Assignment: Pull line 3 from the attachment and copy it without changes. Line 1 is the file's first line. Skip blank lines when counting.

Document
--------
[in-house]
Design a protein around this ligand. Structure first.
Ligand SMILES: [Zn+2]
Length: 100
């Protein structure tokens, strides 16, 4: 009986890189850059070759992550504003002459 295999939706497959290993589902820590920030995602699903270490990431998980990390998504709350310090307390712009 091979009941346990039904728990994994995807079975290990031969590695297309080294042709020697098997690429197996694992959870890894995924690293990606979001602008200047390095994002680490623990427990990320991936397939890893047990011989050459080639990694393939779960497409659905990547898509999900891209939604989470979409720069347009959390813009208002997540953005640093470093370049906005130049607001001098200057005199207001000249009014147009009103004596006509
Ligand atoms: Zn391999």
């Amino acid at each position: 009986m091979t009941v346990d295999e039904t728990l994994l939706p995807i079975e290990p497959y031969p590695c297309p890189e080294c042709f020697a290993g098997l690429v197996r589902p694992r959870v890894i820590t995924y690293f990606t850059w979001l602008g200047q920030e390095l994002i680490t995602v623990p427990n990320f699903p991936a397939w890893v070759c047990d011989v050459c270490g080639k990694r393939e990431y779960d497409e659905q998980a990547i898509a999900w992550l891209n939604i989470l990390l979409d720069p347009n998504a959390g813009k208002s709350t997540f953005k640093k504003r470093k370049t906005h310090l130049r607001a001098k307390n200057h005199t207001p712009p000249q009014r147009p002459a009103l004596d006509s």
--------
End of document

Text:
Ligand SMILES: [Zn+2]